THE TOUR: The signs have gone up around the village, so it’s really true that the Tour of Britain bike race will be coming through the village on Saturday September 13 around lunchtime. The pub will be putting on a barbecue for watchers and supporters of the Tour and there’ll be music too, though sadly the competitors won’t be stopping. The big names will be taking part I hear, including Sir Bradley Wiggins, welcome to Waldron, Wiggo. The riders come into East Sussex near North Chailey, then the route will take them via Piltdown, Uckfield, Framfield, Blackboys, Waldron, Horam, Hailsham, Eastbourne and the Seven Sisters before heading to Ditchling Beacon and finishing in Brighton. Many road-repairs have been rushed through recently (see below) in order to make sure the riders have a reasonably clear run. If it takes a bike race to get our roads repaired, come again, Tour of Britain.
AFTERNOON RECITAL: The next Afternoon Recital will be on Sunday September 14 at 4.30pm when Michael Heighway, director of music at St Simon Zelotes in Chelsea, will play a programme of music for the organ. The Waldron Youth Choir will also perform and the recital will last about three-quarters of an hour. Entrance is free and there will be a retiring collection.
REVUE: Our First World War Revue is now written, auditions held and the cast chosen. The first read-through took place this week and from now on, rehearsals will happen weekly until the performances on November 7 and 8. Information about ticket availability shortly.
ROADWORKS: We’ve had to be inventive recently to find routes which are open while the county roadmen repair our potholes before the winter weather sets in. The latest major route affected is, I understand, from Horam to the Boship Roundabout. Be warned.
SERVICES: Sunday will be the twelfth Sunday of Trinity and will be celebrated with Holy Communion at St Bartholomew’s at 8am, Congregational Sung Eucharist also at St Bart’s at 9.30am, Morning Prayer at All Saints’ at 9.45am (followed by coffee and cake, to which all are welcome) and Choral Holy Communion at All Saints’ at 11.15am.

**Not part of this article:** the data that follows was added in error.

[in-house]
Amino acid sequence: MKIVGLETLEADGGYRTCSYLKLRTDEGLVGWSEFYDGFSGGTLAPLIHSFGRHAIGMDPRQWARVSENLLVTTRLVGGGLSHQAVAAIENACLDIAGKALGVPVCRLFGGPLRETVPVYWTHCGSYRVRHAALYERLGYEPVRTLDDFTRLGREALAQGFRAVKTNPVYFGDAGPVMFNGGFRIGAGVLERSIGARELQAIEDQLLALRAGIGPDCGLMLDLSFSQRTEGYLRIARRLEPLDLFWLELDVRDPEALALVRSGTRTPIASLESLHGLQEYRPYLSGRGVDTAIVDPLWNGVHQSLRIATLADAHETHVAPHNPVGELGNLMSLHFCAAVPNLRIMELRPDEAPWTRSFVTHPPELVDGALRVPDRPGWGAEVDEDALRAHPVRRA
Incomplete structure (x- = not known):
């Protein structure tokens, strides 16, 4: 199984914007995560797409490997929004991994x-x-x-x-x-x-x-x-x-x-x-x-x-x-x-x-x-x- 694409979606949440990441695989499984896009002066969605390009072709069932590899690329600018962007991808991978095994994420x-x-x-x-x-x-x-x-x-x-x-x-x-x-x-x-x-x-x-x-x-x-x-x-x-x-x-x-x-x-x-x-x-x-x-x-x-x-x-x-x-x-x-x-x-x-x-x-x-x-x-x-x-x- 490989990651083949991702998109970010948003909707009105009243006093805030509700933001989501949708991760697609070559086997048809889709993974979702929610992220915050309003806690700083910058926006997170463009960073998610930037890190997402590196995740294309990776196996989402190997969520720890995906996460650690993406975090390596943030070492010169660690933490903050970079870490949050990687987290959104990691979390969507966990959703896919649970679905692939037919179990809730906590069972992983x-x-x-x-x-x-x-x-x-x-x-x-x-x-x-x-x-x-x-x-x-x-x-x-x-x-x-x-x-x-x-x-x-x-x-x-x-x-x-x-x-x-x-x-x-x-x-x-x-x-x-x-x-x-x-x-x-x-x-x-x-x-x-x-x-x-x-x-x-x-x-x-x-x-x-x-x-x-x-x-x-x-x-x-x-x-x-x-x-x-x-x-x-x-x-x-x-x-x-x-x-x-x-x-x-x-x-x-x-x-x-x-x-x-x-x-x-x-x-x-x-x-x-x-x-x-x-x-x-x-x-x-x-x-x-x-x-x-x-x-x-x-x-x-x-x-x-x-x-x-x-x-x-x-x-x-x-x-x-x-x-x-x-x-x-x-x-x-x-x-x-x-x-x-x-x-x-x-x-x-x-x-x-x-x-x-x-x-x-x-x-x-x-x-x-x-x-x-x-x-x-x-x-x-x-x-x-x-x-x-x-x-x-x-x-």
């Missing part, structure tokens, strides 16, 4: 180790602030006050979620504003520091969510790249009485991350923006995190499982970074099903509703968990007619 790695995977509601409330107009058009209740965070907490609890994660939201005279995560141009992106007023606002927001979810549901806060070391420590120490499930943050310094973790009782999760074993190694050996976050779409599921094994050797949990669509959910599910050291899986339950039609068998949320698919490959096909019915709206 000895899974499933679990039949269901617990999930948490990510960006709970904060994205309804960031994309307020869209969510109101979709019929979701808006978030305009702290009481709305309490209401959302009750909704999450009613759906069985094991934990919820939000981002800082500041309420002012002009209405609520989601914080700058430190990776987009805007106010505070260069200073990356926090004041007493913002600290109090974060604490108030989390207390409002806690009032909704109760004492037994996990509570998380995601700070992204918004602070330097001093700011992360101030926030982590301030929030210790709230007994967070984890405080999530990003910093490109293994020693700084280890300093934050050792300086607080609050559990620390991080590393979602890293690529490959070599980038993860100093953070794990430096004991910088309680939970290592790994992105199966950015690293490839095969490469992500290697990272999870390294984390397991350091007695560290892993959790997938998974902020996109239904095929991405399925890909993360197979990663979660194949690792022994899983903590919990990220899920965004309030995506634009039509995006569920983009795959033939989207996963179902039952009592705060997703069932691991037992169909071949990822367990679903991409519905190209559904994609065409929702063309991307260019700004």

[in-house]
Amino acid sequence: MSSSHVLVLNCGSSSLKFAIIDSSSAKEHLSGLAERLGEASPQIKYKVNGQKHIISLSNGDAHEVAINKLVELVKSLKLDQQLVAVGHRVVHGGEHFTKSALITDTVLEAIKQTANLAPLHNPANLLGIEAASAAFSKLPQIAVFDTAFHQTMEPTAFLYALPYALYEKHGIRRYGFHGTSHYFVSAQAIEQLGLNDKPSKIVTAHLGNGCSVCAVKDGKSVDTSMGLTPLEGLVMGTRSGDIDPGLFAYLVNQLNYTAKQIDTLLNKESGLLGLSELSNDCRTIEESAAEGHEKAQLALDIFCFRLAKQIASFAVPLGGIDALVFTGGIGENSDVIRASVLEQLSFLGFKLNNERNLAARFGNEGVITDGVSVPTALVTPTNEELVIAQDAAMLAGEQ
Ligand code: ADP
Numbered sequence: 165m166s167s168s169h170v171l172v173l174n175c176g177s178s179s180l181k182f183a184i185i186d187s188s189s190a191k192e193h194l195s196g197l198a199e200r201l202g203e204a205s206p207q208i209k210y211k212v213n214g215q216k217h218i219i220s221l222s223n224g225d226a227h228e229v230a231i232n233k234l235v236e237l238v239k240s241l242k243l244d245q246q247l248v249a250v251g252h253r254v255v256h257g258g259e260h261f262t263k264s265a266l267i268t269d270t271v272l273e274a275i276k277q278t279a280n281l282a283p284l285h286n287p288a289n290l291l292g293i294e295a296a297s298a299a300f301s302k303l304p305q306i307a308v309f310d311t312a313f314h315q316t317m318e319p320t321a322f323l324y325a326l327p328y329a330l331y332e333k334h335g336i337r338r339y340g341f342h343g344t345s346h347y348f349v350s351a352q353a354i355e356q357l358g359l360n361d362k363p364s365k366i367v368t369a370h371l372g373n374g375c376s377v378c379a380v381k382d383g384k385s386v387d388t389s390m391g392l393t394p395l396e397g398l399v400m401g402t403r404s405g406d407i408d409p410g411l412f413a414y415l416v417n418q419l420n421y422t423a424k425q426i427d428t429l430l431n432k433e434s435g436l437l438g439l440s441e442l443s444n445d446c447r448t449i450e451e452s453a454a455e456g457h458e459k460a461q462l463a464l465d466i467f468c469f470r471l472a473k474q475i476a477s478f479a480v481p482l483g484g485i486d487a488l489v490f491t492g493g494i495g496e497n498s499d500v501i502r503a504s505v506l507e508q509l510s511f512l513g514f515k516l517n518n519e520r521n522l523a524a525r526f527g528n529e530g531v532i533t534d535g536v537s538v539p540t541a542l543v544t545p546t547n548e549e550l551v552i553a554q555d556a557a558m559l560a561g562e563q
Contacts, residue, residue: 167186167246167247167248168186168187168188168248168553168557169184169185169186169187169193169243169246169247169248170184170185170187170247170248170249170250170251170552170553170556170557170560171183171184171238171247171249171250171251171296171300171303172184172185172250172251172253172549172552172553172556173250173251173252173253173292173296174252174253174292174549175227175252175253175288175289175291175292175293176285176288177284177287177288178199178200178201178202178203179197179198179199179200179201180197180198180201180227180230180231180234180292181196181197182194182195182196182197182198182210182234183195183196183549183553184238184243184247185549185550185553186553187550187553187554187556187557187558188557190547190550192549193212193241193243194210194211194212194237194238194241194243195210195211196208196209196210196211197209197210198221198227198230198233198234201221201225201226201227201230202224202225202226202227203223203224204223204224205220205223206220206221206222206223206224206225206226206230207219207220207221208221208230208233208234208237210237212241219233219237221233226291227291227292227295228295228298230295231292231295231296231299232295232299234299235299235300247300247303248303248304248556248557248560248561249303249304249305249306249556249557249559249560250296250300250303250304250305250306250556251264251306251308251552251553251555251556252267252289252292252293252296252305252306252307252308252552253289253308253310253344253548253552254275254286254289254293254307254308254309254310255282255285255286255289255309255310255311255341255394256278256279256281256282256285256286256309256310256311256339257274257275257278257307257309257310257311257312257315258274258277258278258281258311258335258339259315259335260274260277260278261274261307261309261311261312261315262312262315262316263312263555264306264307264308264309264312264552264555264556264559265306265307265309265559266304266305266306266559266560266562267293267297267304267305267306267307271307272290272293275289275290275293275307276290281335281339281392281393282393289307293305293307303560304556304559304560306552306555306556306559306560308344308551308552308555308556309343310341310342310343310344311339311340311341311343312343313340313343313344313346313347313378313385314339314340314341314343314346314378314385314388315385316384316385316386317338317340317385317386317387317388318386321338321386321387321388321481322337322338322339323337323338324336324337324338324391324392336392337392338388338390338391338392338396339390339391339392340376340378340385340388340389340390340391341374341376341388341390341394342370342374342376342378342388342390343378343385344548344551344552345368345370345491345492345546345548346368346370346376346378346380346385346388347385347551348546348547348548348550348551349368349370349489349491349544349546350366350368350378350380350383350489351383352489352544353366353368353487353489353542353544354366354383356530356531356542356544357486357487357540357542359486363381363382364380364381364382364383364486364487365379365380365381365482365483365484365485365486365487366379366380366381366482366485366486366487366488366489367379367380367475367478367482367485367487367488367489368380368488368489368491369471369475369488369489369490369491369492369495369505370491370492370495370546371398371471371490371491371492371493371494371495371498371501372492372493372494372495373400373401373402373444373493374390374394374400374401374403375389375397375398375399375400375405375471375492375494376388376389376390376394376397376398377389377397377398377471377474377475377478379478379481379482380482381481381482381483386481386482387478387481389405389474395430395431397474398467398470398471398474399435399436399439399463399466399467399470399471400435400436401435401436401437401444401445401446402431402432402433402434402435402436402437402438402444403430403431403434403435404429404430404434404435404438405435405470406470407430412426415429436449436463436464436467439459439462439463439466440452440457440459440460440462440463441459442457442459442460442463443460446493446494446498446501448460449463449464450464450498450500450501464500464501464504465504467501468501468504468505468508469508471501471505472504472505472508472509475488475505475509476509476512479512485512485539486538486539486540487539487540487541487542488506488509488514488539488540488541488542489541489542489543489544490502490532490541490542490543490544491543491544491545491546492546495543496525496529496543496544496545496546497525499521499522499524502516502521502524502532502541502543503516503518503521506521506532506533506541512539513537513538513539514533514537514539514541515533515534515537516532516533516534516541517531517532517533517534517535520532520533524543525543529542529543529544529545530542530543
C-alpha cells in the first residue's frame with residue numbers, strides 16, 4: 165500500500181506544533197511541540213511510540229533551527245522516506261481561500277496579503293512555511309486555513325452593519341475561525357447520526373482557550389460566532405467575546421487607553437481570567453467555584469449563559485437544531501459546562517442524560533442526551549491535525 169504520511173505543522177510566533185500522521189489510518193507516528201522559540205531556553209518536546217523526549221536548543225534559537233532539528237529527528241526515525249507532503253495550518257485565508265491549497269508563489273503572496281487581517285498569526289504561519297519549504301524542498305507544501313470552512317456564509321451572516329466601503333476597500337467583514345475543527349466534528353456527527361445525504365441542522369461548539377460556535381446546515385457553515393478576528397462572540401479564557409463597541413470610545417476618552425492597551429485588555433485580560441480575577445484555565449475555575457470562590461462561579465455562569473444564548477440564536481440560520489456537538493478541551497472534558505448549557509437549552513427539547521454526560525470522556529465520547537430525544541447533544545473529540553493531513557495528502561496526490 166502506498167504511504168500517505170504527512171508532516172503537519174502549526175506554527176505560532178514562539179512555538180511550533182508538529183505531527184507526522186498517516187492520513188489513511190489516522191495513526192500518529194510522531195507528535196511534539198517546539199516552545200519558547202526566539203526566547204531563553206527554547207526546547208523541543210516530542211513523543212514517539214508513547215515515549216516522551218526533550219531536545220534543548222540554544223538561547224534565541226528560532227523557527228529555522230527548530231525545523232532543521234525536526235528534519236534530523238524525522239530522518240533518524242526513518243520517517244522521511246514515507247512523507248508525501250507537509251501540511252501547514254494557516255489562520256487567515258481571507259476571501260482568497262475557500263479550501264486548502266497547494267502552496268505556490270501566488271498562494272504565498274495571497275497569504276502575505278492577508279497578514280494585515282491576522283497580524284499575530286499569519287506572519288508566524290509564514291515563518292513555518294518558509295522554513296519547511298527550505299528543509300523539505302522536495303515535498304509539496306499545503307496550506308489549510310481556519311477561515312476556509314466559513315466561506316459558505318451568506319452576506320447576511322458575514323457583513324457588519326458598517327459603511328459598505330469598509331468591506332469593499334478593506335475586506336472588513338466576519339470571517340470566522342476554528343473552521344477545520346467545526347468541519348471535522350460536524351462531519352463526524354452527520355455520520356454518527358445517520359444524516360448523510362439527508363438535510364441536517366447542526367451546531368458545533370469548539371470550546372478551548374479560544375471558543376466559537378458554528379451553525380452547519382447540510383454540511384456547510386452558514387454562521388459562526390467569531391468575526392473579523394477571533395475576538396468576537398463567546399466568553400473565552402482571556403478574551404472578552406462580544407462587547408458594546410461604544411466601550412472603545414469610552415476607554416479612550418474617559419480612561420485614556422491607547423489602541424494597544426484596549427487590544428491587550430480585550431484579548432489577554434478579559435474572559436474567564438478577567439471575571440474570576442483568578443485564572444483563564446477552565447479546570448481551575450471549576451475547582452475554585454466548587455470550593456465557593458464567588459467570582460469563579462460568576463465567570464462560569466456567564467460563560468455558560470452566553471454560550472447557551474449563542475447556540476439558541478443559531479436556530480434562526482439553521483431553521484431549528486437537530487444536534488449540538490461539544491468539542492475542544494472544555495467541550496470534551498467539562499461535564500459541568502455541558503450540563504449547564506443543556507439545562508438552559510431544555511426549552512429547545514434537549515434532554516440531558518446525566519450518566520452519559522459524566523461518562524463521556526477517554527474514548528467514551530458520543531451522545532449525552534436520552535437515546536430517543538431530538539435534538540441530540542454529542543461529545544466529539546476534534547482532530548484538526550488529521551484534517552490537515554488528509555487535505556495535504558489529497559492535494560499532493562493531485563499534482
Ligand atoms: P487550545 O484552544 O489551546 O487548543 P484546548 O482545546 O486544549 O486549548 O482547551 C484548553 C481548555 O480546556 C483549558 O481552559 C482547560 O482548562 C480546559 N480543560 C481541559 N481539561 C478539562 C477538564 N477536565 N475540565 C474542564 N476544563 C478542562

Warbleton & Rushlake Green
CHURCH SERVICES: Warbleton Parish Church: 8am Holy Communion (BCP), 11am Family service. St John’s Bodle Street: 9.30am Morning Worship with Holy Communion. St Giles, Dallington: 10am Holy Communion (BCP). Heathfield Chapel: 11am Morning worship and communion and 6.30pm evening service. Last Sunday was the last time for just over a month that the bells at Warbleton will be rung, as they are being dissembled for the various ancillary bits, the headstocks etc, to be taken away for refurbishment. During the next few weeks, volunteers will scrub down the supporting frame and paint it. It is anticipated that if all goes to plan, they will be back in action on October 12. There is a change of date for the church yard clear up. It will now be on Saturday October 4, starting at 10am.
HISTORY GROUP: After a break in August we meet on Monday at 7.30pm for 8pm in the Dunn Village Hall. One of the staple productions for local drama groups and professional theatres is pantomime. Jan Gledhill seeks to shed some light on the subject in her talk The Magic of Pantomime. Coffee is served before the meeting and the bookstall is open.
SHOP HOURS: Talking with Bobby he tells me that The Stores is now open from 7am to 7pm Monday to Friday and 7am to 3pm on Saturdays. He is now experimenting with opening on Sundays 8am to noon from September 14.
ROAD WORKS: In the first few days a good start has been made with the stretch from the village down to the Kingsley Hill largely reconstructed with the Tarmac yet to be laid. Residents along the road have passes which give them priority to travel through the works. There are gatemen at either end who have been very helpful in advising what is open etc. It has made the traffic flow through the village a lot quieter, a mixed blessing as our businesses rely on passing trade. The Village Leaf website has up to date information.
WAYSIDE THEFT: I have heard from Paula who tells me, ‘At least two local folk who sell fruit, vegetables, jams and chutneys outside their houses to passers-by have had their produce stolen this week. When there is such a good fruit harvest as this year’s, country dwellers like to pass on the benefits to others at a modest cost. It is a great pity that there are some people who do not know the meaning of honesty boxes.’